This elective is designed to facilitate the student’s mastery of the following defined competencies:
- An understanding and knowledge of oneself, including the scope and limits of one’s knowledge, skills and values
- The ability to learn independently with a critical awareness of the scope and limits of one’s knowledge, skills and values
- An awareness of the importance of maintaining one’s own well-being and of balancing the demands of professional and personal life
Students will be evaluated on:
- Attendance to, and participation in, group sessions (at least five out of six sessions).
- Discussion of journal entries and experiences will be a major portion of each session. Each student will be asked to maintain their journal in a Word document (or handwritten in a folder or notebook) and submit a copy to the course instructor at the end of the course (removing any aspects that they feel are too personal to share in writing).
- Students will complete pre and post-course evaluations, reflections and standardized inventories which may include: Freiburg Mindfulness Inventory, Perceived Stress Survey, PANAS, Mood and Emotional Awareness Survey.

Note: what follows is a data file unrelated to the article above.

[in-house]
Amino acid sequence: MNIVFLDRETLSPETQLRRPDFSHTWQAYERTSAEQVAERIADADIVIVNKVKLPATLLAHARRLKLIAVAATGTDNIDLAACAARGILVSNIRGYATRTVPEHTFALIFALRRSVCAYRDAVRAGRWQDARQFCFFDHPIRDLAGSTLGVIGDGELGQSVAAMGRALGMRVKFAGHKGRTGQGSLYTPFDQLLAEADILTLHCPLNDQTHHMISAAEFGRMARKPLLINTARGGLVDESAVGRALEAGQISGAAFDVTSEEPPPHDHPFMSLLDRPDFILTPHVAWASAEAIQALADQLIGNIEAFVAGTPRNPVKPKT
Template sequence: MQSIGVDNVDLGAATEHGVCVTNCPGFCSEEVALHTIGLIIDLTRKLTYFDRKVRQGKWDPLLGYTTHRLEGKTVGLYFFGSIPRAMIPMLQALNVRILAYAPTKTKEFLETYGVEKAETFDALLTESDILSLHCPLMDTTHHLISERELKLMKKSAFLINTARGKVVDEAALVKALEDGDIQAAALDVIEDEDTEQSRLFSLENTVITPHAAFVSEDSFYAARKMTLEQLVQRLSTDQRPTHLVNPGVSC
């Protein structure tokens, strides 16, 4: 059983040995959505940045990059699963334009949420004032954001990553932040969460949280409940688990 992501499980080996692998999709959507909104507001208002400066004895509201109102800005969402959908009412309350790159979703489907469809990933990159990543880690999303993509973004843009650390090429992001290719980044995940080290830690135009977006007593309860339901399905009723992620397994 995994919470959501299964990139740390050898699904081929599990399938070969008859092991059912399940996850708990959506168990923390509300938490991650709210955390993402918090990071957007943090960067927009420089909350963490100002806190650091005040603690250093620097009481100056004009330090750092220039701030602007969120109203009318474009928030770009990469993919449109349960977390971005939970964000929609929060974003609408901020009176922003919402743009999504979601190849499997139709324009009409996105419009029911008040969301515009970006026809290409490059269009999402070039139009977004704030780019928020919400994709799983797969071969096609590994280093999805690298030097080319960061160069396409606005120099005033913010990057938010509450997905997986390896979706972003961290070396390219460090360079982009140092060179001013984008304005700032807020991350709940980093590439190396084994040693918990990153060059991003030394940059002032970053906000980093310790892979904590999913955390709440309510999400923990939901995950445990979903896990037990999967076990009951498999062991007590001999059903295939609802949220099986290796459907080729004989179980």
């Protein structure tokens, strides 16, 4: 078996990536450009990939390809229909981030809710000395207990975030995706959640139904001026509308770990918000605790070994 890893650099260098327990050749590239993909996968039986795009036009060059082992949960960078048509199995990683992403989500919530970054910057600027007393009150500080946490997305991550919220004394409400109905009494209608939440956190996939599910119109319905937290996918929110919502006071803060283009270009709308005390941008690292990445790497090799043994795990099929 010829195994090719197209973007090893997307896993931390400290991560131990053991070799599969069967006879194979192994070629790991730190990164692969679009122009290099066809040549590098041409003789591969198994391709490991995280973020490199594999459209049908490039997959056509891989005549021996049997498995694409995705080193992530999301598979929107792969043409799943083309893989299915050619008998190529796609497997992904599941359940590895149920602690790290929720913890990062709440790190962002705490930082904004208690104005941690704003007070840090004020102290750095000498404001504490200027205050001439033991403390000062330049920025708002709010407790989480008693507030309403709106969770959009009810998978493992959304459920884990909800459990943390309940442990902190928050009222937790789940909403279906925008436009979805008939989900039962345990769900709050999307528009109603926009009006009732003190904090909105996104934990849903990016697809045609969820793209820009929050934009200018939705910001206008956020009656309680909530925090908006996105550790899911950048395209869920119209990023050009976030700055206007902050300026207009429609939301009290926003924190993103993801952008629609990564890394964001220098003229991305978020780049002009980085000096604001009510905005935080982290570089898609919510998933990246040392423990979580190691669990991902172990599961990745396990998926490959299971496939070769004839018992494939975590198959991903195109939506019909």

Application & Prerequisites
This course is held during the spring and is open to only M1 students. Maximum capacity is 10 students. No prior experience is required.
To apply, students must submit a brief paragraph by email to Anna Balabanova Shannahan, MD, including a personal introduction and specifically indicating the reason(s) for desired participation and the ability to attend all scheduled sessions.
These paragraphs will be reviewed to ensure participants are:
- Committed to being active participants, including attendance of all sessions and a commitment to practice mind-body skills in between sessions
- Able to work well within a small-group setting that creates a safe space for sharing, openness, acceptance and vulnerability
- Interested in the concepts being explored during the elective such as a desire to learn about suffering and the reduction of suffering in medical encounters and an interest in exploring ways mind-body practices can strengthen physician/patient encounters and improve patient outcomes.
All course facilitators undergo training in order to provide a meaningful experience, as shown through previous iterations of the program, and positively impact student well-being, resiliency, knowledge and skills.